“In conclusion, based on my experience as an academic researcher, professor, social advocate, and a board member of Crisis Text Line, I recommend that the government leverages Crisis Text Line to help support texters in crisis, rather than trying to duplicate their efforts. Relying on existing leaders like Crisis Text Line would use the resources and experience of a sectoral leader with exceptional data analytics capabilities and privacy protections to help save lives -- an opportunity that the government must not pass up. Crisis Text Line would be proud to work together collaboratively as 988 is implemented, to save lives via text message in a safe, smart, and cost-efficient way, with the innovation and speed of a private tech company acting in the public interest.”
Lifeline has capacity issues, which the American Foundation for Suicide Prevention attributes to insufficient federal and state funding. It would appear that Crisis Text Line latched on to inadequacies in the social safety net just as Amazon undercuts postal service operations, Ring acts as privatized law enforcement, and Airbnb has exacerbated the housing crisis in America.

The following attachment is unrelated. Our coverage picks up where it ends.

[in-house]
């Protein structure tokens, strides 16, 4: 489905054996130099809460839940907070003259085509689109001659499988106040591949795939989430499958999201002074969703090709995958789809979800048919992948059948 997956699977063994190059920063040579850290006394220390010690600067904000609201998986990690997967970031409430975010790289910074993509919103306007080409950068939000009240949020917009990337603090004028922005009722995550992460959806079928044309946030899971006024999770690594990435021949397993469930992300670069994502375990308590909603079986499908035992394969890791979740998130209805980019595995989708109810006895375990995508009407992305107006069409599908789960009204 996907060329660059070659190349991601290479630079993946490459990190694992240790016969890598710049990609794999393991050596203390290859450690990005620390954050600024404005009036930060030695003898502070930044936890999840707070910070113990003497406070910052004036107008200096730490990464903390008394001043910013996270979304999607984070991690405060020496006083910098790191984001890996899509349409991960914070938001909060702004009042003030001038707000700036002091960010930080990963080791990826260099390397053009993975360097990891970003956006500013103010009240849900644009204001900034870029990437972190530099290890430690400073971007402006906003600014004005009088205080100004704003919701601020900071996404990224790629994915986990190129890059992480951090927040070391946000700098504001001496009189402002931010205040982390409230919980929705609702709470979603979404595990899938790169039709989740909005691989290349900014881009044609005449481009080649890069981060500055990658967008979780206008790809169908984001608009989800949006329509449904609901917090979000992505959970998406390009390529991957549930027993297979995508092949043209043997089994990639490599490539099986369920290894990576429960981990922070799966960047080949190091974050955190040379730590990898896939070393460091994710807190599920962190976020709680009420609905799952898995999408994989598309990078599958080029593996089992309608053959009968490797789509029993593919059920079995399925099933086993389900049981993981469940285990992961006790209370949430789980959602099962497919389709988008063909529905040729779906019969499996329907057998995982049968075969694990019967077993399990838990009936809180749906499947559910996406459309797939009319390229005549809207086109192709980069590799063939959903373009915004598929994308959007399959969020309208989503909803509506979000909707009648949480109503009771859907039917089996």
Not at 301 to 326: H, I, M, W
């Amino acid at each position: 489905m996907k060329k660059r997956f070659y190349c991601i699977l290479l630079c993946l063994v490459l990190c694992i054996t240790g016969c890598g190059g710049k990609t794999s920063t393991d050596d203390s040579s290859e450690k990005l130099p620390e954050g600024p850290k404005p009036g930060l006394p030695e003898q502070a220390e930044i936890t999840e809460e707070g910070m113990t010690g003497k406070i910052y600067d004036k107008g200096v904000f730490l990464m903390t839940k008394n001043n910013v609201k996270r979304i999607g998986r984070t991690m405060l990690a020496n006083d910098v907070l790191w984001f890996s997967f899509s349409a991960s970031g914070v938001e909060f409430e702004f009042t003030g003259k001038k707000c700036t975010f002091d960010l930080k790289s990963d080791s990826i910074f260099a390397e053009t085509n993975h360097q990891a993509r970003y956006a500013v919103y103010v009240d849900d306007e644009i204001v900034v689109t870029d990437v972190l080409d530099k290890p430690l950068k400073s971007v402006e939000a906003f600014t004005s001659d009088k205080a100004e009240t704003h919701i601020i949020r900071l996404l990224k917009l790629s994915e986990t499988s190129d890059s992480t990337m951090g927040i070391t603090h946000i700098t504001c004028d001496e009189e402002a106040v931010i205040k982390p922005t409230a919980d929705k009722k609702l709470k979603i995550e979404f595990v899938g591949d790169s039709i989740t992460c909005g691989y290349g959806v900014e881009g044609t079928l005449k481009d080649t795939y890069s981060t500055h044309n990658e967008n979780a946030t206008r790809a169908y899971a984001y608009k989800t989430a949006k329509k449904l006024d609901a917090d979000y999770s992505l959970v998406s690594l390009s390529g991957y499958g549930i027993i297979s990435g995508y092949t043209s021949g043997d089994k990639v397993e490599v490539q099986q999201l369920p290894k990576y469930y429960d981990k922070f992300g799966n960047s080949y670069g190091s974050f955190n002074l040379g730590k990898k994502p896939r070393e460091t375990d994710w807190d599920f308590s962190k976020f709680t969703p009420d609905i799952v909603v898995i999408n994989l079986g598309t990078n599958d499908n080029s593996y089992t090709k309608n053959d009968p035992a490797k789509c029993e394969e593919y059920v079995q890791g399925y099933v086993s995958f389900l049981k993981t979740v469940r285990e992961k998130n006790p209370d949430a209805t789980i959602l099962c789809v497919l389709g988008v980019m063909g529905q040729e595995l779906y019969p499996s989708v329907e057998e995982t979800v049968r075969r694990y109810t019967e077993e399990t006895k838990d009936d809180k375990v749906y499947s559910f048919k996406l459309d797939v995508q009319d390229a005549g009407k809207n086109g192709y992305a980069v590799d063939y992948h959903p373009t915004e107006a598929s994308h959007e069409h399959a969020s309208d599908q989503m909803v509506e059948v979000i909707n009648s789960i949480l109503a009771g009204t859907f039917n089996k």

boyd’s letter to the FCC reveals similar incentives and aspirations to Uber as it supplants mass transit: once Crisis Text Line filled a gap in public resources, it claimed the gap as its turf. Meanwhile the organization incited user dependency and unintended consequences behind the smoke and mirrors that is the “awesome power of technology.” Crisis Text Line put its market proposition above the needs of its vulnerable users: its dehumanizing data collection practices were part of a series of callous acts.
Suicide prevention doesn’t look like the “speed of a private tech company” or “awesome” machine learning. It requires safety and care with no strings attached. This care includes generosity and expansion of public resources like access to housing, food, healthcare, and other basic needs; it can’t be measured in KPIs. The very purpose Crisis Text Line claimed to serve is incompatible with the Silicon Valley way of doing business.